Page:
walk in the word
“Come, let us return to the Lord; for he has torn us, that he may heal us; he has struck us down, and he will bind us up. After two days he will revive us; on the third day he will raise us up, that we may live before him. Let us know; let us press on to know the Lord; his going out is sure as the dawn; he will come to us as the showers, as the spring rains that water the earth” (Hosea 6:1–3, esv).
During a drought, everything feels parched and desolate. Lawns fade from lush green to dead brown. Crops in the field wither, fruit stands are deserted, and farmers feel defeated.
There’s drought, and then there’s drought. Most of us didn’t live through the drought of the 1930s—the worst in U.S. history—but our parents or grandparents did, and they remember nine, long years without rain. In the breadbasket of our country, the richest farmlands became the Dust Bowl. More than 75 percent of the country was affected by the drought, crippling 27 states severely. On April 14, 1935, a day known as “Black Sunday,” the wind whipped across the parched farmlands and blew dust into “black blizzards” that stripped millions of acres of topsoil. Most of us have never witnessed a drought of that magnitude—not in the land, at least, though sadly too often in our spirits.
“You can have a fresh downpour of God’s grace and mercy upon your life.”
Isaiah 58:11 describes the human heart as a garden. Some hearts are like “a watered garden,” while others become “scorched places.” A neglected heart becomes overgrown with weeds, then grows dry and lifeless, and is eventually swept away in a dust storm.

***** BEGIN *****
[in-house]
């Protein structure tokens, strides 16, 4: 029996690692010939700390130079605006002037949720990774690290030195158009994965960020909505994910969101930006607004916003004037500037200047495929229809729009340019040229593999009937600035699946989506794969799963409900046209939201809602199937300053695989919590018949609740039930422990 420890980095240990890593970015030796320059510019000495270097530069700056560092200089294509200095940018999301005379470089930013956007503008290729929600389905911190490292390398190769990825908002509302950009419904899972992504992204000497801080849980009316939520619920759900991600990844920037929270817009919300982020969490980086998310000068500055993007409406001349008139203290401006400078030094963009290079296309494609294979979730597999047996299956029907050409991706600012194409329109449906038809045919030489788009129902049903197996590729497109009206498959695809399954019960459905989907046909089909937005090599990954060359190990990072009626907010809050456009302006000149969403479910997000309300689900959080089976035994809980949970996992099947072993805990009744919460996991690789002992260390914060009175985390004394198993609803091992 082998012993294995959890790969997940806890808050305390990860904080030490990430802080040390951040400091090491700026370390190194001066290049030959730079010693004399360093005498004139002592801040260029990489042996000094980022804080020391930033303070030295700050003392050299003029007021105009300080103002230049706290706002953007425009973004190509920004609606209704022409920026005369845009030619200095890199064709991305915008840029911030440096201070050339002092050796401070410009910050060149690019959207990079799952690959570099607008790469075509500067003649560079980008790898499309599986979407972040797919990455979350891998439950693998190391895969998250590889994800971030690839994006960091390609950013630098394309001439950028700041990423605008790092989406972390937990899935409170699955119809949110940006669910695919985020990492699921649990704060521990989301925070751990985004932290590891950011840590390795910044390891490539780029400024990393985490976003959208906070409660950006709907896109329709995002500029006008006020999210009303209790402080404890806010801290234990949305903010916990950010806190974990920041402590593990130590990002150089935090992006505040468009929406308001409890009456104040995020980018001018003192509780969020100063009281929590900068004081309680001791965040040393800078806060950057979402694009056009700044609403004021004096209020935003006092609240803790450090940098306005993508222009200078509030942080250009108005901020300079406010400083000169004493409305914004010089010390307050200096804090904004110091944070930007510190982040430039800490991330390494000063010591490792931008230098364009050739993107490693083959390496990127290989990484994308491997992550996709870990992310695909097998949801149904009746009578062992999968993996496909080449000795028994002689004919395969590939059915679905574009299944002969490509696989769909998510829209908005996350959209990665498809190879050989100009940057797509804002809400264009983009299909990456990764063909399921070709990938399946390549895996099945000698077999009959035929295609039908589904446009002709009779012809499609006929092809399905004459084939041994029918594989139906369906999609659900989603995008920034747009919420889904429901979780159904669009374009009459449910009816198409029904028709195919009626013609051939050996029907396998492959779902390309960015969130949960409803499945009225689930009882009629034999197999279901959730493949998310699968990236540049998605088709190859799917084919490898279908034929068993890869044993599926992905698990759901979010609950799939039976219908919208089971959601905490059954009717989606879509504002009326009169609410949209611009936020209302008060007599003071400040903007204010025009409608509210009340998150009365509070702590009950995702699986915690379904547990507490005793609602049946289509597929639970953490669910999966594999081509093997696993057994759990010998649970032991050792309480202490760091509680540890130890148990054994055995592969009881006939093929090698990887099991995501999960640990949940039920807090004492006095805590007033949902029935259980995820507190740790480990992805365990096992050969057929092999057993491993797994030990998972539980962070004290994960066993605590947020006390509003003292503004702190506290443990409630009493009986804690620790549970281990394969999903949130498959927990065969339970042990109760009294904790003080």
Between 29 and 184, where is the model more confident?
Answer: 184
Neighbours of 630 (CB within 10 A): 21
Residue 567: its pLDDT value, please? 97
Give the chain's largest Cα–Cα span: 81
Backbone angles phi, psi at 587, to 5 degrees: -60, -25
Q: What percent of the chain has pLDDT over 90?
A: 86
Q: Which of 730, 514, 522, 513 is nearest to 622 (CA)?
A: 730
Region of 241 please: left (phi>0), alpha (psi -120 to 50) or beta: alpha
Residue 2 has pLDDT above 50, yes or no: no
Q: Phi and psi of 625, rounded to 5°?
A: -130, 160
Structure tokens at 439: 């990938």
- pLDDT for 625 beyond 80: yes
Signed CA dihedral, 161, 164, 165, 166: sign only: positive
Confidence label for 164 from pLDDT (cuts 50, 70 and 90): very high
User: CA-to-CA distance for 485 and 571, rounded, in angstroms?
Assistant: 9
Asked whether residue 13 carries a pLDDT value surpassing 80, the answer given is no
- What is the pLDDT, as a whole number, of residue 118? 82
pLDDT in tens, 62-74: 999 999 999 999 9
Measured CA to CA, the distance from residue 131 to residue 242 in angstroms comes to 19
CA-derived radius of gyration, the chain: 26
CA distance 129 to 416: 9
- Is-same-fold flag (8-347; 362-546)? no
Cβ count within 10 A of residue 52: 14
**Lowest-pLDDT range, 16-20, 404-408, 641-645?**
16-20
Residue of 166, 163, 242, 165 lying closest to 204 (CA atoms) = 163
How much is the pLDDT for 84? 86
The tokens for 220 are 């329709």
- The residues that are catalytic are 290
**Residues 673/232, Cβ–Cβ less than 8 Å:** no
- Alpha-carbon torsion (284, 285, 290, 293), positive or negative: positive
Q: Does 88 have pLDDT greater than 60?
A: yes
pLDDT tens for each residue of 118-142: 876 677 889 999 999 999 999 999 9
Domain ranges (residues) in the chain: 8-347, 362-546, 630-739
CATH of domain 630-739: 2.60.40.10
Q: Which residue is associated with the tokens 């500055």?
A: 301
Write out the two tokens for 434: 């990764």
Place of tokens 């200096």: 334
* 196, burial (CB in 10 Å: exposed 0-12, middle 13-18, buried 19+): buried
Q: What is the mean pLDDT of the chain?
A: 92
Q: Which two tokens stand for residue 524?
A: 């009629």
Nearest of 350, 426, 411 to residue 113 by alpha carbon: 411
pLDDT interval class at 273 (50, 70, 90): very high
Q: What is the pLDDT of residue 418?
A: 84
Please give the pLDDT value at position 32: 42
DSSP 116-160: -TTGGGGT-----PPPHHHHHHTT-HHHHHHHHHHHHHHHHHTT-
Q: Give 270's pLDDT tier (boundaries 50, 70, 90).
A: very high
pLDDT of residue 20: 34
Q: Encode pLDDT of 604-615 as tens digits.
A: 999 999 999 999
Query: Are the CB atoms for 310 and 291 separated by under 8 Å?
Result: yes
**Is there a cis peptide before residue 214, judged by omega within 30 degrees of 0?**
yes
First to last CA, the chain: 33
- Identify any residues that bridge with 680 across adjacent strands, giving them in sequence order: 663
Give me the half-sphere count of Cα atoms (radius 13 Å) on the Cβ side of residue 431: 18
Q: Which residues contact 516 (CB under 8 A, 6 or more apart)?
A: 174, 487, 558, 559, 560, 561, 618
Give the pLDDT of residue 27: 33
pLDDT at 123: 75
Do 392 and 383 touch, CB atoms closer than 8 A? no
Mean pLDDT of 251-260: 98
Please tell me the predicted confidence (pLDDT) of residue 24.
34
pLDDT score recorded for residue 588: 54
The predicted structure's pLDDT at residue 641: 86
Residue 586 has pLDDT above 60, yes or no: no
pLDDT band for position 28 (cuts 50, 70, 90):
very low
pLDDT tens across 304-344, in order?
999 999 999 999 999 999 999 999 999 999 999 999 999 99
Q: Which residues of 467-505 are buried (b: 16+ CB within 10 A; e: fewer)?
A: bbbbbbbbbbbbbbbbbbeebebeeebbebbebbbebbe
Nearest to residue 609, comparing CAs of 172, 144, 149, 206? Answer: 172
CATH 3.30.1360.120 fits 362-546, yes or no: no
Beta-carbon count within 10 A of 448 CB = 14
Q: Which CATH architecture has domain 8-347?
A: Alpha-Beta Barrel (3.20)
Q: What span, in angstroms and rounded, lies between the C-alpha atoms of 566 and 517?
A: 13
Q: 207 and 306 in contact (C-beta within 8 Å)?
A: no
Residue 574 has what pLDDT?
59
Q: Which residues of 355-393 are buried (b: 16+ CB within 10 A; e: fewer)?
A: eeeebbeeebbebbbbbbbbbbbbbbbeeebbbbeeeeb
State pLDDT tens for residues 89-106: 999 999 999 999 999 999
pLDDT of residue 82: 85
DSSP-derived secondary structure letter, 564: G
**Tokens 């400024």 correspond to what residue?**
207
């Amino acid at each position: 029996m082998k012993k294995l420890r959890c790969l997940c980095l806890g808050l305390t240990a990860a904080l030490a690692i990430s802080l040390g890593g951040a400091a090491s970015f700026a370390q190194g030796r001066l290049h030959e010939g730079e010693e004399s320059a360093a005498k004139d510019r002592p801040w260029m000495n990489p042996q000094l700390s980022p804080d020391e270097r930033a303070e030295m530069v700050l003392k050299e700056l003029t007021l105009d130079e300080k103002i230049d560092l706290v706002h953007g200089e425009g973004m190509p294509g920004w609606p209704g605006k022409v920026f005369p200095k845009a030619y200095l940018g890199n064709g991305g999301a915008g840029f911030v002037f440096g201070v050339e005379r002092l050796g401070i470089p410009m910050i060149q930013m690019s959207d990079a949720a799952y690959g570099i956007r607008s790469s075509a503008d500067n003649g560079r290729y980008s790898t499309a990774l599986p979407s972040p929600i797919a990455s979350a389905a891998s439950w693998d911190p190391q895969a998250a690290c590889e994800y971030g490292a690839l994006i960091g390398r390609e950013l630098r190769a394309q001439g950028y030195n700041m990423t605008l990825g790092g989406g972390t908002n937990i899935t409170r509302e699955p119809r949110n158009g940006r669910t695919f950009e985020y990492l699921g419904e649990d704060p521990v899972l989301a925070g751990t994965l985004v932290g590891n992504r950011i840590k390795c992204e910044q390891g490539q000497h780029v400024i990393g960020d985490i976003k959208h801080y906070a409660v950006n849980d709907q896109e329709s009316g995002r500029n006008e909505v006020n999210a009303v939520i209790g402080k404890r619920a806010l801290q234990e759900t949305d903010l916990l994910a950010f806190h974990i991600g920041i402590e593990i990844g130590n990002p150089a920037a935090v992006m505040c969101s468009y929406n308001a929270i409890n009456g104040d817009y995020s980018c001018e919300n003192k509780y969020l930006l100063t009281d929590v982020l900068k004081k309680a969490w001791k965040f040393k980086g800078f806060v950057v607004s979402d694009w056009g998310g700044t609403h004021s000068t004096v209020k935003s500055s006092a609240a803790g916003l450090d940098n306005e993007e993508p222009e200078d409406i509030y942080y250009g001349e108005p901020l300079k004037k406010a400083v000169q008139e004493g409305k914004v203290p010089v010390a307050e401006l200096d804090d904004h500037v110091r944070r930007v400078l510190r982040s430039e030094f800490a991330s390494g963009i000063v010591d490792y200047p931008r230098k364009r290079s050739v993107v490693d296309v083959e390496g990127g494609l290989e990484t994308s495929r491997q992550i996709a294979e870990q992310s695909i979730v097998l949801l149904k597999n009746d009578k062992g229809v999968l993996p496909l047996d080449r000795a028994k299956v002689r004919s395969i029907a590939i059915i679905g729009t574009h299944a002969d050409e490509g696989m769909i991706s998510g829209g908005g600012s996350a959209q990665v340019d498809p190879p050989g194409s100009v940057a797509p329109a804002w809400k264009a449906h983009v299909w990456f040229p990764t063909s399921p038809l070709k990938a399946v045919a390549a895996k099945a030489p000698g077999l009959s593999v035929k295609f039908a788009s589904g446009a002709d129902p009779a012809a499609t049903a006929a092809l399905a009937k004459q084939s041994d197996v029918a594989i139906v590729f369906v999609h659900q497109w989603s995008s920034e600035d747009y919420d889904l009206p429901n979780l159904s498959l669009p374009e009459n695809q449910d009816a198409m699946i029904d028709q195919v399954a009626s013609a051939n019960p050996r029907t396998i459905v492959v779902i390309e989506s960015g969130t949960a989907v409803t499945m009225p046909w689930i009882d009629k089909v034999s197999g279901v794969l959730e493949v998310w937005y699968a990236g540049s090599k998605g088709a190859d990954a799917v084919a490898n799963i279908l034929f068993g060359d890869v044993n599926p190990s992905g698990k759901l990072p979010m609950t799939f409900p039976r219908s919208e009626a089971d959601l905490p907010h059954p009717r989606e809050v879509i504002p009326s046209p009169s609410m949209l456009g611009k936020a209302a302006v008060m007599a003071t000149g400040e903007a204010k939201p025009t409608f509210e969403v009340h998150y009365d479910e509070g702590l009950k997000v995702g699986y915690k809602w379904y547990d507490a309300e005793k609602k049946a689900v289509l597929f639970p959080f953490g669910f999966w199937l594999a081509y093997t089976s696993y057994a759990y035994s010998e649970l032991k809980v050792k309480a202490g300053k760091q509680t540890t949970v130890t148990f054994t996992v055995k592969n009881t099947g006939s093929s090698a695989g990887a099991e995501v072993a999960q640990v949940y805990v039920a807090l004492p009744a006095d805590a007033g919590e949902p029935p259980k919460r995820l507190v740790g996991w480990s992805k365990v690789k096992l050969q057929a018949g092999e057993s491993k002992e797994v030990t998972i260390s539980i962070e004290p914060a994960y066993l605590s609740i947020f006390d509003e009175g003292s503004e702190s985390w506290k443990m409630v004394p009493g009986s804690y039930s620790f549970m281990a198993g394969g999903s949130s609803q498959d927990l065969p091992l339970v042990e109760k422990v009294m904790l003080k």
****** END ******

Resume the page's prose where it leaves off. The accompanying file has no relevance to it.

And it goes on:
Like me, maybe you’ve experienced some parched days in your relationship with God. Maybe you’ve known the sadness of falling in exhaustion and watching through weary eyes as your heart for something or someone began to shrivel. Maybe you’ve had seasons where time with God was non-existent, and weekend worship felt like “Black Sunday.”
This doesn’t have to be the end of your story. In fact, “times of refreshing may come from the presence of the Lord” (Acts 3:20). You can have a fresh downpour of God’s grace and mercy upon your life. Your tired hands can feel a fresh surge of energy to labor for our King. The jaded eyes that read these words can gaze in renewed wonder and awe upon the God who loves you. The aging heart that beats in your chest can pulse with renewed joy from God. God is not reluctant! He is ready and willing.
As Hosea assures us, “He will come to us as the showers, as the spring rains that water the earth.” The soul in drought needs God’s showers. And when He gives, He gives in abundance. When you turn your parched heart to Him, He’d never respond, “Here’s a tiny bit. That’s all I’ll give you right now, but check back later if you want a wee bit more.” Does God give like that? No! God gives in “good measure, pressed down, shaken together, running over” (Luke 6:38) and “far more abundantly than all that we ask or think” (Ephesians 3:20).
When revival comes to the human heart, it doesn’t come as a gentle, summer, sunshine rain. It’s not a sprinkle or a scattered shower. When revival comes to the human heart, it’s a torrent, a cascade, a deluge, a downpour!
If your heart feels dry and scorched today, then hear Hosea’s invitation: “Come, let us return to the Lord. . . . He will come to us as the showers, as the spring rains that water the earth.” For a thirsty soul, a spiritual downpour awaits.
Lord God, I’m weary of being dry and passionless. I see the true condition of my heart. I acknowledge those places I’ve left untended, that have grown dry, brown, and lifeless. Thank You that my soul isn’t condemned to drought. I choose now to return to You. Would You come to my soul as a refreshing shower? Would You bring new life to my weary heart? Thank You that I don’t have to refresh myself; You refresh me. I need You, God. In Jesus’ name, amen.
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